[Standards] [Fwd: [Council] meeting minutes, 2008-11-05]
justin-keyword-jabber.093179 at affinix.com
Tue Nov 18 05:50:34 UTC 2008
On Monday 17 November 2008 16:33:42 Peter Saint-Andre wrote:
> Note: The format used for publishing the TXT record value to the mDNS
> daemon depends on the mDNS daemon in use, and might not follow the
> binary format described here (e.g., it might consist of a series of
> quoted strings, one for each parameter).
Humm, there is something goofy about this text.
At the high level, a TXT record holds a list of strings; it's a container for
a string list. It should be enough for XEP-174 to simply say, "the TXT
record must contain the following strings..." and be done with it. It
shouldn't need to detail out the actual binary representation of the TXT
To put it in perspective, XEP-174 also states what should go into an SRV
record (host, port, priority, weight), but it doesn't discuss the binary
format of SRV. If anyone cares about how TXT or SRV records get formatted,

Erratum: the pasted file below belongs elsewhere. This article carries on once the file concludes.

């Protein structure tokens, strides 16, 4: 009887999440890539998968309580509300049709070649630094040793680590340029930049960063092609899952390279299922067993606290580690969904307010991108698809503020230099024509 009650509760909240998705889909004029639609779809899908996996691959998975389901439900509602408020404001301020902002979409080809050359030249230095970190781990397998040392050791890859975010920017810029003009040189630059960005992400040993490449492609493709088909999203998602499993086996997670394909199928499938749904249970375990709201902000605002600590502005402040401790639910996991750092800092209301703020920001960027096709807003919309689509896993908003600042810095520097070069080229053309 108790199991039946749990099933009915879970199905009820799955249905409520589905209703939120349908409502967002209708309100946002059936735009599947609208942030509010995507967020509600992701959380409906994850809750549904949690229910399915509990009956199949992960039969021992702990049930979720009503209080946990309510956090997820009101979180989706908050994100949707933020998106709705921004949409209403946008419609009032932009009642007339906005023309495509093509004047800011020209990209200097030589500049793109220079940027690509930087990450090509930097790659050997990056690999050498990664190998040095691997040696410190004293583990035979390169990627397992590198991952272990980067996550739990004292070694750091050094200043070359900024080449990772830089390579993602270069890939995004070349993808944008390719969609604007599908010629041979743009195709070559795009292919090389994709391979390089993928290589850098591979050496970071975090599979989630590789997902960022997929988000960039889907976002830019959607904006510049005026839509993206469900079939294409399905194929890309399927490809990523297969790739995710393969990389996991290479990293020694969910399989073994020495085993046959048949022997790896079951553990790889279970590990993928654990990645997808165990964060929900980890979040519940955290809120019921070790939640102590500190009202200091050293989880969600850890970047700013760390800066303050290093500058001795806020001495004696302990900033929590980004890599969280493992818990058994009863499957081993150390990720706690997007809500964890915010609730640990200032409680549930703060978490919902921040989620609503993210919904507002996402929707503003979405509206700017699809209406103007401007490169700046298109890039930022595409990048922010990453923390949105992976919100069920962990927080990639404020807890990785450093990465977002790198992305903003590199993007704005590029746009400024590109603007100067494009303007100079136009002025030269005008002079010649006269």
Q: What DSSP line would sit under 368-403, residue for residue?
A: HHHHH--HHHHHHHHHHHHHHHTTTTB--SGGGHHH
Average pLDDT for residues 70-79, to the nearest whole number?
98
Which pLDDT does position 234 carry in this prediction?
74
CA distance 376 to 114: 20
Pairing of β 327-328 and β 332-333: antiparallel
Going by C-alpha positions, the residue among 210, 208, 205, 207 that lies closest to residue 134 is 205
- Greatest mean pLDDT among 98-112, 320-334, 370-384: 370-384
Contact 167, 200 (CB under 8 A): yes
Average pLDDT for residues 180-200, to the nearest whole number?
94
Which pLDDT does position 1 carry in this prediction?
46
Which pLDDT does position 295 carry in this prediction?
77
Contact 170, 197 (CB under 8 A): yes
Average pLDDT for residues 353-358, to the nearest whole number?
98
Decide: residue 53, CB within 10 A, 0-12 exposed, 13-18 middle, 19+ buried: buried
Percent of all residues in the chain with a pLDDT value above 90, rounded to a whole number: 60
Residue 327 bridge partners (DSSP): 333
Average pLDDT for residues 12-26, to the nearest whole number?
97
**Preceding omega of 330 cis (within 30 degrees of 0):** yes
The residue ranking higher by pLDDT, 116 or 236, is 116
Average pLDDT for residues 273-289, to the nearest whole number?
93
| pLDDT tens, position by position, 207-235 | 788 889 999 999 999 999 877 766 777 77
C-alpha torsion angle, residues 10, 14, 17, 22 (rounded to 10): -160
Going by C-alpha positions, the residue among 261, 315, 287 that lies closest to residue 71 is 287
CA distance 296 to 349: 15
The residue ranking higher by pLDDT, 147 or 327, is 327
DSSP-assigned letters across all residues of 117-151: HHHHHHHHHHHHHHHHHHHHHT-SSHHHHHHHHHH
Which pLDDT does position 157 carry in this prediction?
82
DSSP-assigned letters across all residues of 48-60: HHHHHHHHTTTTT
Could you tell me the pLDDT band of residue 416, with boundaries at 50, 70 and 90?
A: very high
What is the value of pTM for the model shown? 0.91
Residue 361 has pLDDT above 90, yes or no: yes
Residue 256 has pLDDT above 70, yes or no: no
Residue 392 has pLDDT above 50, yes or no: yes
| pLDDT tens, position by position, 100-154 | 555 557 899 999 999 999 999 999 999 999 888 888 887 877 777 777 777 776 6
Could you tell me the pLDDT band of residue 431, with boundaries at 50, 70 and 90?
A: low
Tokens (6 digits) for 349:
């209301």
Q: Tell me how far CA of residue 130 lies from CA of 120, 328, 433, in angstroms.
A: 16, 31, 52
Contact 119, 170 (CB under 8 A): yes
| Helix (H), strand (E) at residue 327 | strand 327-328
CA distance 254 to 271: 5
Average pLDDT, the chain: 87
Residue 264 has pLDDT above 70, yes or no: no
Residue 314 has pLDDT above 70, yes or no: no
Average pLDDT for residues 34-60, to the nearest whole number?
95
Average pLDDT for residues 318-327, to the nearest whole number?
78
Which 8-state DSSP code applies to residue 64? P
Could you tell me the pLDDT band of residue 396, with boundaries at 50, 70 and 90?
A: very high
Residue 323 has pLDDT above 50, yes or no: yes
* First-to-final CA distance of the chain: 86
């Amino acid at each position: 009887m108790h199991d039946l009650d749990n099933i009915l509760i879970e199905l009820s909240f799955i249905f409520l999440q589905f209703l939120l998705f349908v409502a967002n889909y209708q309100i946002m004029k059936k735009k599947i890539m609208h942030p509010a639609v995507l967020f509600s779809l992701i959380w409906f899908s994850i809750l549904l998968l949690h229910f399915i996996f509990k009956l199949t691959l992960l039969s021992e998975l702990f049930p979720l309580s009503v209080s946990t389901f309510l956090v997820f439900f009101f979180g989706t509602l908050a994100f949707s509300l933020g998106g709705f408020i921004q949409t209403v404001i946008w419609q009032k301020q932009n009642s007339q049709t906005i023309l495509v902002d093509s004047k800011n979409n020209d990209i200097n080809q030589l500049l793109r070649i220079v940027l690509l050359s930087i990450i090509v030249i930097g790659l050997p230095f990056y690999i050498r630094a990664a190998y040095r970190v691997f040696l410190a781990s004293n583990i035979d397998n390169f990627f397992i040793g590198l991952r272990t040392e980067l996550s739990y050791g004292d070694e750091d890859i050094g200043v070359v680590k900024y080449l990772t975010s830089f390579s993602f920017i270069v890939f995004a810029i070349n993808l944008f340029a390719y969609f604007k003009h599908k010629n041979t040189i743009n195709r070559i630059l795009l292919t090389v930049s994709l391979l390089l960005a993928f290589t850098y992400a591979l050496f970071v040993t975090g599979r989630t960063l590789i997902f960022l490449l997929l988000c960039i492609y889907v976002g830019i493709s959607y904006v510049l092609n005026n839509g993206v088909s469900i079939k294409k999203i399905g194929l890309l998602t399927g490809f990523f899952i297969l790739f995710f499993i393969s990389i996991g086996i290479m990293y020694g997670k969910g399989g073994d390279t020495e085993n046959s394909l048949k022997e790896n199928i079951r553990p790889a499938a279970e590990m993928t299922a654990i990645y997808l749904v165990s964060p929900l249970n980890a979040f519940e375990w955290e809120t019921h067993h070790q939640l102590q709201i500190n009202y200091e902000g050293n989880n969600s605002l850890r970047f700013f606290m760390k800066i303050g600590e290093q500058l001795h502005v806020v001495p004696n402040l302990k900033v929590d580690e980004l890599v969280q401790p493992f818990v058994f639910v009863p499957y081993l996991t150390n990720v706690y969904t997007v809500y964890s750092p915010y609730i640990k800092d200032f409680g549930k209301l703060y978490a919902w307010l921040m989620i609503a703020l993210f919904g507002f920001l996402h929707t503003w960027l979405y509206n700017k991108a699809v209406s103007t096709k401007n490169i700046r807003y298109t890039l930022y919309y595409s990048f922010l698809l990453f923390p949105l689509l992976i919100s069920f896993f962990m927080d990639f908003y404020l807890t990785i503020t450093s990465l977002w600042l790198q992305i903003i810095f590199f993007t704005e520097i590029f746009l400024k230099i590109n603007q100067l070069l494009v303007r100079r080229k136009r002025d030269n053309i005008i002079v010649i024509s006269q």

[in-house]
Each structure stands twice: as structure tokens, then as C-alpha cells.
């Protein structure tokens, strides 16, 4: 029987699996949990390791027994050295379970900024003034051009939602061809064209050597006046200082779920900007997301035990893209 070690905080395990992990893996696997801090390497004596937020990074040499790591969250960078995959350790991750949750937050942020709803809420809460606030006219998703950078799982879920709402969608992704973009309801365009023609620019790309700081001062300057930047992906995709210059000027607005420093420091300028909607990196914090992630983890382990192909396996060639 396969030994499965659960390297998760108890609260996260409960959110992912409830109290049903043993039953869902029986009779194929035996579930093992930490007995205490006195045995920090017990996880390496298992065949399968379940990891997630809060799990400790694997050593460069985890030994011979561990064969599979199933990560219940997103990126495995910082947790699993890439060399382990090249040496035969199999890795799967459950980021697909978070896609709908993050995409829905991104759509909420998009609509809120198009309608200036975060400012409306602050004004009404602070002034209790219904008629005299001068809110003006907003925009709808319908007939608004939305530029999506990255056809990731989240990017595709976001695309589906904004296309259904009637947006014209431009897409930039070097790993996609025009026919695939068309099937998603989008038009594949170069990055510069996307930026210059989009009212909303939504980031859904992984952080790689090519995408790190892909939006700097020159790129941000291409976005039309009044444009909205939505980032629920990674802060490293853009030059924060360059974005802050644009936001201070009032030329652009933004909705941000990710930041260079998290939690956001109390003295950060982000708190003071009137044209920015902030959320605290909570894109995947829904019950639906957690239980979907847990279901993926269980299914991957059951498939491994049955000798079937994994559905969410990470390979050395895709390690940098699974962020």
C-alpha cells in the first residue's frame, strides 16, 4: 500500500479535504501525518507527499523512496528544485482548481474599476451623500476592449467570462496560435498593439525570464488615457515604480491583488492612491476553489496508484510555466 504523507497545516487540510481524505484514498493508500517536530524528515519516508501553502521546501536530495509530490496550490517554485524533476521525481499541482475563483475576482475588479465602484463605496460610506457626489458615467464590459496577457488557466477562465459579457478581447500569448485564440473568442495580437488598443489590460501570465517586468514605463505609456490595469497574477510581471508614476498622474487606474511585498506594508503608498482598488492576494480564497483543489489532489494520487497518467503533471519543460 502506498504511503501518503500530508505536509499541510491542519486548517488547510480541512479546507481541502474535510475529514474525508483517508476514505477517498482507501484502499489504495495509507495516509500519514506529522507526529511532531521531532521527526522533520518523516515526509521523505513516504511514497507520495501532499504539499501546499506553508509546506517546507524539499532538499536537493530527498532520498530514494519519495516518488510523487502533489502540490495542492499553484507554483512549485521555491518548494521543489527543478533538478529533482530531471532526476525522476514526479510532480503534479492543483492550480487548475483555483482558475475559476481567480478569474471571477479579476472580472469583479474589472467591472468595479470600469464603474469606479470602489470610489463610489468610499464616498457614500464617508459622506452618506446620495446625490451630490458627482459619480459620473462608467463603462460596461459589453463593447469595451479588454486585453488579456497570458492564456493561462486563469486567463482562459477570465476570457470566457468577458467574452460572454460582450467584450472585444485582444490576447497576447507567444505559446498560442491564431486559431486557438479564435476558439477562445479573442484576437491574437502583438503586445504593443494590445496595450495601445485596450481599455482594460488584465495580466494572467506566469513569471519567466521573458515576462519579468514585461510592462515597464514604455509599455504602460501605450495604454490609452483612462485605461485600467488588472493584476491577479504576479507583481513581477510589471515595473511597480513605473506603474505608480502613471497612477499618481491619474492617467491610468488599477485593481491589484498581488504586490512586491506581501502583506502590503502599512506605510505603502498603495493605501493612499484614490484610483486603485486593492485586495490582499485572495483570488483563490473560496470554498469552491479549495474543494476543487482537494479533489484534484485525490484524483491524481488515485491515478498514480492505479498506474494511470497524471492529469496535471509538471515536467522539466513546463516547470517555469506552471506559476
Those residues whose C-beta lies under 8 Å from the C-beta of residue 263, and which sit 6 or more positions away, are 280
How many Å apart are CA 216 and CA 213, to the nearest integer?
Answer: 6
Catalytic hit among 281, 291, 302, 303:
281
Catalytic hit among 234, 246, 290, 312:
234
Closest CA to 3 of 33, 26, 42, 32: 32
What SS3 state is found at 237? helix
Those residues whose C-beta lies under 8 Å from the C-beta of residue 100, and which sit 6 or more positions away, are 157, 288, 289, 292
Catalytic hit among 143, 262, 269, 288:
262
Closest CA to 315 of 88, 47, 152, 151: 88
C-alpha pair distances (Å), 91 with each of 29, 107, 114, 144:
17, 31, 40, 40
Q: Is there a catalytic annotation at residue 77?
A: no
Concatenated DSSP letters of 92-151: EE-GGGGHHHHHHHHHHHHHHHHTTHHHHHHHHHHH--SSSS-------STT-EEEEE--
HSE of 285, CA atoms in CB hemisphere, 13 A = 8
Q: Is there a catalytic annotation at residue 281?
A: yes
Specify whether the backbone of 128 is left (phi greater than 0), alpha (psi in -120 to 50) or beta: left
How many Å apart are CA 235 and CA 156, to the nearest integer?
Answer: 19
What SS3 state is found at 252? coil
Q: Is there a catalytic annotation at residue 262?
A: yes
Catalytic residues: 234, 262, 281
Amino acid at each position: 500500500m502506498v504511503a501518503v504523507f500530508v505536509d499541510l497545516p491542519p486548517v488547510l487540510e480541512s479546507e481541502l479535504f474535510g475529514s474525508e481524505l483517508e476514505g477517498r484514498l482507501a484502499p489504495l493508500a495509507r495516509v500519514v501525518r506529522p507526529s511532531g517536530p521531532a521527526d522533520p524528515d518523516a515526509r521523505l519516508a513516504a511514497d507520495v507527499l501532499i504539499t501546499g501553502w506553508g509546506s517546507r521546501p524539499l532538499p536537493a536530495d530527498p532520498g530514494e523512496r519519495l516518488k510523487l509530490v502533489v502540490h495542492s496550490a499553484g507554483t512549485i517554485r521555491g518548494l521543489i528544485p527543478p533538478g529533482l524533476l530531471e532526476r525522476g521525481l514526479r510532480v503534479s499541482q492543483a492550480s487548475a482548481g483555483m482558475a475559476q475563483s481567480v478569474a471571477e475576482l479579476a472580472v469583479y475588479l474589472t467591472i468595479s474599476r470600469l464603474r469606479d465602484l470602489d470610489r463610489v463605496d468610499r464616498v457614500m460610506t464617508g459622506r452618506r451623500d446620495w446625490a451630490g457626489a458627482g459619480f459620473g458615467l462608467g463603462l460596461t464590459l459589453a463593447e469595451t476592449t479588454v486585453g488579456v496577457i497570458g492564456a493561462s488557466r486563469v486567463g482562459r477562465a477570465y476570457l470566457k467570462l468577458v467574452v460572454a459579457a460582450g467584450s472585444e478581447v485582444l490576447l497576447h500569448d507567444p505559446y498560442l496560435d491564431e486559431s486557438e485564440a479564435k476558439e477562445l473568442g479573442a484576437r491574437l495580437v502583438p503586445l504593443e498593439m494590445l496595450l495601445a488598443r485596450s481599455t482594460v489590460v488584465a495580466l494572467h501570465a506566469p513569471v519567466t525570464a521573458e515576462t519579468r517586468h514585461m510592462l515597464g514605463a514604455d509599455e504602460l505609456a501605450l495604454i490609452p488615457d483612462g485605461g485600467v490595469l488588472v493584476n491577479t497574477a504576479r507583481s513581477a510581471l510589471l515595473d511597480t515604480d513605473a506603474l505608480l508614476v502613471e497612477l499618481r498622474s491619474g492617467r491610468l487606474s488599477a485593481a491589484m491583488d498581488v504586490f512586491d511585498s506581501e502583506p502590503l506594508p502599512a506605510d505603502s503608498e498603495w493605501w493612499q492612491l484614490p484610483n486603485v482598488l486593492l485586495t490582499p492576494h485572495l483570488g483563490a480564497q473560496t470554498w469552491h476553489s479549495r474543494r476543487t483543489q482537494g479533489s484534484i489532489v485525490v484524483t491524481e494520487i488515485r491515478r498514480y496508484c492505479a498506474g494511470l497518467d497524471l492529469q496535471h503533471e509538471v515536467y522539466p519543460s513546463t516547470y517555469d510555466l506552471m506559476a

they can read other specs to find out.
I think what makes the text confusing is the part about interfacing with an
mDNS daemon. Certainly "it might consist of a series of quoted strings" is
too hopeful, as nothing uses that text-based notation except BIND zone files.
It is true that different mDNS programming interfaces may each have different
ways to specify the TXT content, but the same goes for specifying the SRV
content. I assure you that, to an mDNS programming interface, SRV is never
specified with zone file notation nor binary format. Instead, it's stuff
like "char *hostname" and "int port".
I guess what I'm trying to say is that you shouldn't explain the binary
representation of any of the record types. Instead, stick to high level
explanations, which readers can then apply in concept to their relevant
programming interfaces. That text-based zone file notation you're already
using should suffice as a high level explanation. Nobody's actually going to
use that zone file notation in their programming, but they should be able to
read it and figure out what you mean.
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